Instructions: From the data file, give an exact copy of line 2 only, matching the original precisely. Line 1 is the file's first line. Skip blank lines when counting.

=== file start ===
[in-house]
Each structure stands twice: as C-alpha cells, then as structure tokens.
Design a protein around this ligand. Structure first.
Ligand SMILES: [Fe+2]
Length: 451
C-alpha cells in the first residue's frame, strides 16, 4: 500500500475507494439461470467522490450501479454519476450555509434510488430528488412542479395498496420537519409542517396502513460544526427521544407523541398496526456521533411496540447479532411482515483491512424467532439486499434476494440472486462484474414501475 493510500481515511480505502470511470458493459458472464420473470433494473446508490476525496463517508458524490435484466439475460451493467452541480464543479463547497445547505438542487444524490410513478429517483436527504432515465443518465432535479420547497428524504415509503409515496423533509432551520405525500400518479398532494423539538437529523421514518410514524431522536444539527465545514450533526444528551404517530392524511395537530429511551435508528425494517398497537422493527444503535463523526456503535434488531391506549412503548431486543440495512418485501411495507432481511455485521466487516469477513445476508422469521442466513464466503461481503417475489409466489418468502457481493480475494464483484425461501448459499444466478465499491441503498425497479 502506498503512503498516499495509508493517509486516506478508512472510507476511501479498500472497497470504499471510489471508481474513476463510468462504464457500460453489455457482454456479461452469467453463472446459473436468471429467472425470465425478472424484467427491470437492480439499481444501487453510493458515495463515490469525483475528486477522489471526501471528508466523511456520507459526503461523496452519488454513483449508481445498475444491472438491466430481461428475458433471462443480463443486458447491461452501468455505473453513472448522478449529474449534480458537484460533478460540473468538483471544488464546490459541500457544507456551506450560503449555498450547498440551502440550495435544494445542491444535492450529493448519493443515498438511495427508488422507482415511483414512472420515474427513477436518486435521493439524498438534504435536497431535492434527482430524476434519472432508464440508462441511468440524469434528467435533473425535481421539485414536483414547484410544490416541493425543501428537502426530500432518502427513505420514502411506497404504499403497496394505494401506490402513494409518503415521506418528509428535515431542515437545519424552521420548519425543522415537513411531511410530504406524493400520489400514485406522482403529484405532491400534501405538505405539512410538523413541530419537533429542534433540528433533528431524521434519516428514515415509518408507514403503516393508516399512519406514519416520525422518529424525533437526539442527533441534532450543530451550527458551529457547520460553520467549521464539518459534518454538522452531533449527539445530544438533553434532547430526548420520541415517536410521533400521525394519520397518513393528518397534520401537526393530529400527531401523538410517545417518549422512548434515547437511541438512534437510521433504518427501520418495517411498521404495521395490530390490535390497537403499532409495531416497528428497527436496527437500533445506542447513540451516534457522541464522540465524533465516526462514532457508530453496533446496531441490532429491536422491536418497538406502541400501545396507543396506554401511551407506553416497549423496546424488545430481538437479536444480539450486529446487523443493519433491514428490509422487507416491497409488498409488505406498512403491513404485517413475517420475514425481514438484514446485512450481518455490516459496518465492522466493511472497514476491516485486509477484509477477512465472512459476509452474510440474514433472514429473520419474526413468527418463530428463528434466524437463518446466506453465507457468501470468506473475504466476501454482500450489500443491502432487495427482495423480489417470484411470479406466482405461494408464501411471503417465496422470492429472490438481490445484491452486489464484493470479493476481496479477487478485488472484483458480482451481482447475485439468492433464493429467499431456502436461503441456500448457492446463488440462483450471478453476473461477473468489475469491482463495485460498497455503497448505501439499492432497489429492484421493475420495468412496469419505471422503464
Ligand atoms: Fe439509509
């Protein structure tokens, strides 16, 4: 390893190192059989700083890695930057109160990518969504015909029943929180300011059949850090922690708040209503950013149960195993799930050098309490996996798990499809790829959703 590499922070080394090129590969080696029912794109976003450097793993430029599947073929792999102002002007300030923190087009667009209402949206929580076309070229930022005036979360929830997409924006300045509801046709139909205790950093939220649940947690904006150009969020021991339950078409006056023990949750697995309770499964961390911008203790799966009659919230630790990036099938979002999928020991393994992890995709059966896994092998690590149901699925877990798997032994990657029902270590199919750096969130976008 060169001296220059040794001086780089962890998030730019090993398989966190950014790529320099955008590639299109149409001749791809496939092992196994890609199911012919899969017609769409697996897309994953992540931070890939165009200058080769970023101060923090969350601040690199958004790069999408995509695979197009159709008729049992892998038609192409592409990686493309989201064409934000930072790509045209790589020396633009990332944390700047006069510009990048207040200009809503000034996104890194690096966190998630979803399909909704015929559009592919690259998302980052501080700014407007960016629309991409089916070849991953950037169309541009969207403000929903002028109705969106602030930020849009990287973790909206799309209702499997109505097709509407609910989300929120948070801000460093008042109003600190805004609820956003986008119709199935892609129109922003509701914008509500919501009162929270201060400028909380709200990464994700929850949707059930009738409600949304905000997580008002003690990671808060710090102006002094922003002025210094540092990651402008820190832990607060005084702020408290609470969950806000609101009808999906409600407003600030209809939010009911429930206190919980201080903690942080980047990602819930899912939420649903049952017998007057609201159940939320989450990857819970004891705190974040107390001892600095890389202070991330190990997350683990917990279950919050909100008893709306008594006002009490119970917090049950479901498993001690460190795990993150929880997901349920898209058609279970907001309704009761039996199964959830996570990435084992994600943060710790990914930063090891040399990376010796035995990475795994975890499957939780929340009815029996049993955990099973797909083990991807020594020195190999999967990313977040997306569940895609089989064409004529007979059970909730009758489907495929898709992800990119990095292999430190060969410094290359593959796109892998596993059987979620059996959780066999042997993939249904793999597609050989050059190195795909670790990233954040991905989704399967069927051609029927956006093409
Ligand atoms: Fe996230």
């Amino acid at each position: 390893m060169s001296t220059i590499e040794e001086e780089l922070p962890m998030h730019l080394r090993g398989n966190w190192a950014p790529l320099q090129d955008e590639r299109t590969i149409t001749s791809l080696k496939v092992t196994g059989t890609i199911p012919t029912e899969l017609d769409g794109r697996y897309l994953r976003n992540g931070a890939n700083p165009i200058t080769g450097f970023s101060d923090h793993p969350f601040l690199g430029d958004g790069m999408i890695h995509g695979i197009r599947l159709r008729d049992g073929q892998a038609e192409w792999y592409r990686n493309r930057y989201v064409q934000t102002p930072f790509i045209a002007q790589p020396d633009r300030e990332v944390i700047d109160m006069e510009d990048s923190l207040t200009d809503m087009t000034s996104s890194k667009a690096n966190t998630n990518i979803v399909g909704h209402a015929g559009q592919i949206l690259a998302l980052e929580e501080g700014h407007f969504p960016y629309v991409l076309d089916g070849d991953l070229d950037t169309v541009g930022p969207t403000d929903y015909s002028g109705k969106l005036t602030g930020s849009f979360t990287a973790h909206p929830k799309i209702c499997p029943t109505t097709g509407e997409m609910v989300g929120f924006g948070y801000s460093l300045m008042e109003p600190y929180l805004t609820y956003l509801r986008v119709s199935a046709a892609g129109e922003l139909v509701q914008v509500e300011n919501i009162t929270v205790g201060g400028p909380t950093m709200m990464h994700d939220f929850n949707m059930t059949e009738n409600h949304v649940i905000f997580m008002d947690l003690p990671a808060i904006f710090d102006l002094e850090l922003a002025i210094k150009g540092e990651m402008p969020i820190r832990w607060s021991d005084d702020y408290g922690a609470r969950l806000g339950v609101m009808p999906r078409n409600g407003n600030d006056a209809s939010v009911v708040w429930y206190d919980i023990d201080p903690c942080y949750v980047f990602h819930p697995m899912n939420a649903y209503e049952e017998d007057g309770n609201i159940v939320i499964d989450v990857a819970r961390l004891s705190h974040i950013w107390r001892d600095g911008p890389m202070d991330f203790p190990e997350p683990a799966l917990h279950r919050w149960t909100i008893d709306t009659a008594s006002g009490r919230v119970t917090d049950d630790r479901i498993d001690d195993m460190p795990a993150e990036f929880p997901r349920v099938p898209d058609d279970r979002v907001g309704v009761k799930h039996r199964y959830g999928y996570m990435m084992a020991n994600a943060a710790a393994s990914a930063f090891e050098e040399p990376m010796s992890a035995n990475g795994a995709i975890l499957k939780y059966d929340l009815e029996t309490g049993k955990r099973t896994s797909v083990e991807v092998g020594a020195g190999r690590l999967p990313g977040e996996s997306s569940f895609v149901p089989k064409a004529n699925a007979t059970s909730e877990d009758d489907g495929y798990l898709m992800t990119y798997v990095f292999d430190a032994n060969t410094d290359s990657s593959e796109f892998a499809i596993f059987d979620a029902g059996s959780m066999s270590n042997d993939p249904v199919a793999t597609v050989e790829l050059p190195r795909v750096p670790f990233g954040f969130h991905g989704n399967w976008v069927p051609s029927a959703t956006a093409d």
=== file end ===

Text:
Each structure stands twice: as C-alpha cells, then as structure tokens.